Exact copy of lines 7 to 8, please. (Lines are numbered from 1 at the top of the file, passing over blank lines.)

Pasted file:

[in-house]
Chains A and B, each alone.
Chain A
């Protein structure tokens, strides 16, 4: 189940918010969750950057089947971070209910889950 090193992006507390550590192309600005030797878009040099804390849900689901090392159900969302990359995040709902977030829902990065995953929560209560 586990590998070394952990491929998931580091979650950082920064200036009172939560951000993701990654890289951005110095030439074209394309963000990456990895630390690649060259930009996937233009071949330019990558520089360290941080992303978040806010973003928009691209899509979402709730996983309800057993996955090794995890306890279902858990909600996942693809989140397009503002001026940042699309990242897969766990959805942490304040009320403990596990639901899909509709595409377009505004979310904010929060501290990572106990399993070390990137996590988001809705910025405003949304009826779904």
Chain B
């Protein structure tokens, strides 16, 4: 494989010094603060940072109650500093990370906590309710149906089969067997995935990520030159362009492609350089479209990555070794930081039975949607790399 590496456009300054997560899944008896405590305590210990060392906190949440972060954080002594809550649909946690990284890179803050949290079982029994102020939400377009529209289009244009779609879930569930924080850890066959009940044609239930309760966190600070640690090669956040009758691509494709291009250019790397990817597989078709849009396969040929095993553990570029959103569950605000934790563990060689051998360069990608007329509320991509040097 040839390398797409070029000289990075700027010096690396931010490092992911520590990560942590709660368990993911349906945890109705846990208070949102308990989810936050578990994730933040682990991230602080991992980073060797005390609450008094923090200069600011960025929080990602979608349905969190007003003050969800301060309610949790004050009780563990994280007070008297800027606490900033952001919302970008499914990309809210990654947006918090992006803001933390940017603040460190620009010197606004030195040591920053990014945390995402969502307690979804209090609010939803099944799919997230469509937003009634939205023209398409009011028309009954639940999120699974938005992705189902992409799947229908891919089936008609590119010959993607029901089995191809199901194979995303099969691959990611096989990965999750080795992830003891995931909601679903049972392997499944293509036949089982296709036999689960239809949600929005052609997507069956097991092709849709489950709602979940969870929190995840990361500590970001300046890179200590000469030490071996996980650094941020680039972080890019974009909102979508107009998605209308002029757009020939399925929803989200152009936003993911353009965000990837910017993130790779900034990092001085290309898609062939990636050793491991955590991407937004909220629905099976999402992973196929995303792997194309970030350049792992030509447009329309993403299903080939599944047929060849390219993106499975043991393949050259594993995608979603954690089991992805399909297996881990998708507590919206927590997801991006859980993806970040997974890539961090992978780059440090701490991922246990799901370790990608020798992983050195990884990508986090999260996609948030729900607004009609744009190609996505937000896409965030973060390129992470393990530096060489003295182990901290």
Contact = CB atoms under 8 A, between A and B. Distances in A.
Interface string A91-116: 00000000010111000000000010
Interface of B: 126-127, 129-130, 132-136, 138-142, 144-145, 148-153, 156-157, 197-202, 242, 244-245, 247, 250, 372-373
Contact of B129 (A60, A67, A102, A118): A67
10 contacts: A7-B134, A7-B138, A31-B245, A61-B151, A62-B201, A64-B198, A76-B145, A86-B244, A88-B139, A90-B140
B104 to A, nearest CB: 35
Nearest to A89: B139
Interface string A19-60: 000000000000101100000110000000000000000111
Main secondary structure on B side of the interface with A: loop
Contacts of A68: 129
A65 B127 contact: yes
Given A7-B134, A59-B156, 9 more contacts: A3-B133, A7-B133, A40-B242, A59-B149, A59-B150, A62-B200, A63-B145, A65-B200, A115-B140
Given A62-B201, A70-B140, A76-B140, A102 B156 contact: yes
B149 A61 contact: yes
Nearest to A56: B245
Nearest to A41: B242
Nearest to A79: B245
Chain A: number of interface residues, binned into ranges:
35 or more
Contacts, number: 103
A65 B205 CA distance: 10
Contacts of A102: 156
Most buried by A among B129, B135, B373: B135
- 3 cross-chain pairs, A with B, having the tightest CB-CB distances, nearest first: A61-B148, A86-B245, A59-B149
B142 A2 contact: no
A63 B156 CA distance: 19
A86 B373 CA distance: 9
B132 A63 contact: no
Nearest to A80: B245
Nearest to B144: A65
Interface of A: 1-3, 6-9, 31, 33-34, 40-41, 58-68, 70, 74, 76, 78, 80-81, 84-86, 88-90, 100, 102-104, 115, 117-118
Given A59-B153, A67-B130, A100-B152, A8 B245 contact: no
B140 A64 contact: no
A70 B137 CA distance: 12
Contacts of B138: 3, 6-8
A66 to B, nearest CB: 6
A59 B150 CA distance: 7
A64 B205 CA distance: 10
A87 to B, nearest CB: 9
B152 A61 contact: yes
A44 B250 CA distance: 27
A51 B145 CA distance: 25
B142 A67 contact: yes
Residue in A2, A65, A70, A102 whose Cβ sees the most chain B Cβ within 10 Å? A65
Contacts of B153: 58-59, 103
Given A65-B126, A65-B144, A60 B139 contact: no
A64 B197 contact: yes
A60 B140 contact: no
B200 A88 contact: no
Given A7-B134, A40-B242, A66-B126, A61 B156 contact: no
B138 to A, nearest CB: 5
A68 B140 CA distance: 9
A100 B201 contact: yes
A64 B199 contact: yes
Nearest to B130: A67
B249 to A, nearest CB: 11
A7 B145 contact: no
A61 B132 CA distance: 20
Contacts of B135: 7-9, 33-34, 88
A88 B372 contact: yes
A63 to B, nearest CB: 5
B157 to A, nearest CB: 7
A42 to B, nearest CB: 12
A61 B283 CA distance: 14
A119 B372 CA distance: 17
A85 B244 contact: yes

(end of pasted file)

Contact = CB atoms under 8 A, between A and B. Distances in A.
Interface string A91-116: 00000000010111000000000010